In the Jan. 30 issue of the Independent, Kroczaleski said the hope was that the 2020 Arenac County Fair would be held at the new property, but now he thinks the fair will be held at the new location in the summer of 2021.

“We were hoping that we could break some ground this fall and finish up next spring, but now we won’t start till next spring,” Kroczaleski said.

He added that the fair will be held at the current location and not listed for sale until the new property is fully prepared.

“We have some interest and there are people that would like us to list the current fairgrounds for sale, but we are waiting to do that so it can be timed out so that the new location is on track to be ready, so that when we sell the current fairgrounds it’s a seamless transition and we don’t go a year without the fair,” Kroczaleski said.

While the acquisition of $145,000 is a step forward for the project, members of the fair board have raised concerns about the new property and have said over the course of the process, they have felt out of the loop.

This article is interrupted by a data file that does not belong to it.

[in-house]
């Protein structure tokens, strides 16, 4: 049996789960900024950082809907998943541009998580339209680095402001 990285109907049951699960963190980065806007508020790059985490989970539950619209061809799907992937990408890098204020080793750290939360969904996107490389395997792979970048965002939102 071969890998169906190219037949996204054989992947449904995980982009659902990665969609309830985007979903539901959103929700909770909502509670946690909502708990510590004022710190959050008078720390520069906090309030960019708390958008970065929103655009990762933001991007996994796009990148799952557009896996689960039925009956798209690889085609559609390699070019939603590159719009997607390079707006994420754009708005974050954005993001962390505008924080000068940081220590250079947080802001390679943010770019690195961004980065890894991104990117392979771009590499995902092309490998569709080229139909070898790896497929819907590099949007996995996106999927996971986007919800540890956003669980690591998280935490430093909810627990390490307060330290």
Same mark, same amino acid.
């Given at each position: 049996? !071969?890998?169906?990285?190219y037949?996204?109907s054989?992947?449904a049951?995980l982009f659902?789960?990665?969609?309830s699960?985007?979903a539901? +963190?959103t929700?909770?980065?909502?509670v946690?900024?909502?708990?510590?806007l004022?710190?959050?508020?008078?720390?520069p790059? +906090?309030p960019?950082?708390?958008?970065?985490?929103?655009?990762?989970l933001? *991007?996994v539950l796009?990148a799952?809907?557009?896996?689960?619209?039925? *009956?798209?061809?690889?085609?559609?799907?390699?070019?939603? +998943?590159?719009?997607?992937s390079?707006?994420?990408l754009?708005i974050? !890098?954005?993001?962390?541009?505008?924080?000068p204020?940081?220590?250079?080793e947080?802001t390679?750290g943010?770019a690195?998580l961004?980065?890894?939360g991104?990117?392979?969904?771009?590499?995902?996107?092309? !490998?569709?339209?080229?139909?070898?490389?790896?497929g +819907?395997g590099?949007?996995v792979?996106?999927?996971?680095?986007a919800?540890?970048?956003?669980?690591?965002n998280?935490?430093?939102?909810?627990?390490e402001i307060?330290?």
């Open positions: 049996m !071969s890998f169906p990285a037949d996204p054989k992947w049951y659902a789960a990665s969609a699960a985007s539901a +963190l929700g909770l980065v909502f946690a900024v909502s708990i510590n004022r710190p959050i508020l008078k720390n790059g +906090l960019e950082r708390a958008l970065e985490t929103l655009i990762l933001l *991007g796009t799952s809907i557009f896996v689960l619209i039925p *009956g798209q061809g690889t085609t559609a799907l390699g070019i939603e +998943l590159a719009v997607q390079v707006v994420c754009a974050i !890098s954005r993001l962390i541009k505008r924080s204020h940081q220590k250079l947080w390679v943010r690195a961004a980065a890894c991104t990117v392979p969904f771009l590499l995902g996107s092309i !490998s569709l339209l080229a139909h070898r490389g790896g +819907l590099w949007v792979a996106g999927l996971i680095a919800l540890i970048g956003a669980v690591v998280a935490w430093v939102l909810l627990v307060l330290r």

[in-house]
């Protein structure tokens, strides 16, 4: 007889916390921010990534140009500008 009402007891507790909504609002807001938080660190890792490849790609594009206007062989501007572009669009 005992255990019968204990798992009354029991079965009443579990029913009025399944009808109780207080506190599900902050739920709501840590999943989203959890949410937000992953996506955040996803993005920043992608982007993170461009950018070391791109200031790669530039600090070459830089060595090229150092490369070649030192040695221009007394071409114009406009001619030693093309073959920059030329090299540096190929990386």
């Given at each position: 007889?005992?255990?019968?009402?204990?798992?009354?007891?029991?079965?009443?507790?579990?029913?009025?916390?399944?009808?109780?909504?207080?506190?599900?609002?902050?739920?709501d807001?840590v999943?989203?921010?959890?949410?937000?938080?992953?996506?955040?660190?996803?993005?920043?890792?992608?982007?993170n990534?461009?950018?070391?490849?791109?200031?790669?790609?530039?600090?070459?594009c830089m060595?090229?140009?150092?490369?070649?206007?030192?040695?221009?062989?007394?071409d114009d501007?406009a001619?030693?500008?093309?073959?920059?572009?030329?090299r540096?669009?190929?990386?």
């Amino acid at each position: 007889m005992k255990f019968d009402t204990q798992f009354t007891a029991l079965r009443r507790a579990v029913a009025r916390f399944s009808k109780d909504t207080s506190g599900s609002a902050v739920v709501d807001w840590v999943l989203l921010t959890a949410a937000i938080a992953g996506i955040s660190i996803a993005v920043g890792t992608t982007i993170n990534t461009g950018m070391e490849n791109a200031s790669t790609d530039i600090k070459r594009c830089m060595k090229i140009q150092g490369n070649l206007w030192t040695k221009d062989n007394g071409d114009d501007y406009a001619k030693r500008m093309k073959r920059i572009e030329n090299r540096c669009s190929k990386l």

Up to this point, the fair board has only been a part of one meeting with Fleis & VandenBrink regarding the proposed placement of certain facilities on the new property during the feasibility study.

“It has been very slim information,” fair board member Danny Miehls said. “As frustrated as we get, a lot of times the slim information is not that they don’t tell us anything but it is also because they don’t have anything to tell us.”

While Miehls added that the past few months have been better as far as receiving updates, fair board President Kim Karpinski said there have been a number of occasions when members are made aware of updates in the project from persons or groups other than the board of commissioners.

“When we do hear something, we usually hear it through the grapevine,” Karpinski said. “How do we embrace this project feeling like we are part of it when we are the last ones being told? We want to have the community stand behind us. Well, how do we say, ‘Hey, stand behind us, this is happening,’ when we don’t know what they’ve already heard at the coffee shop?”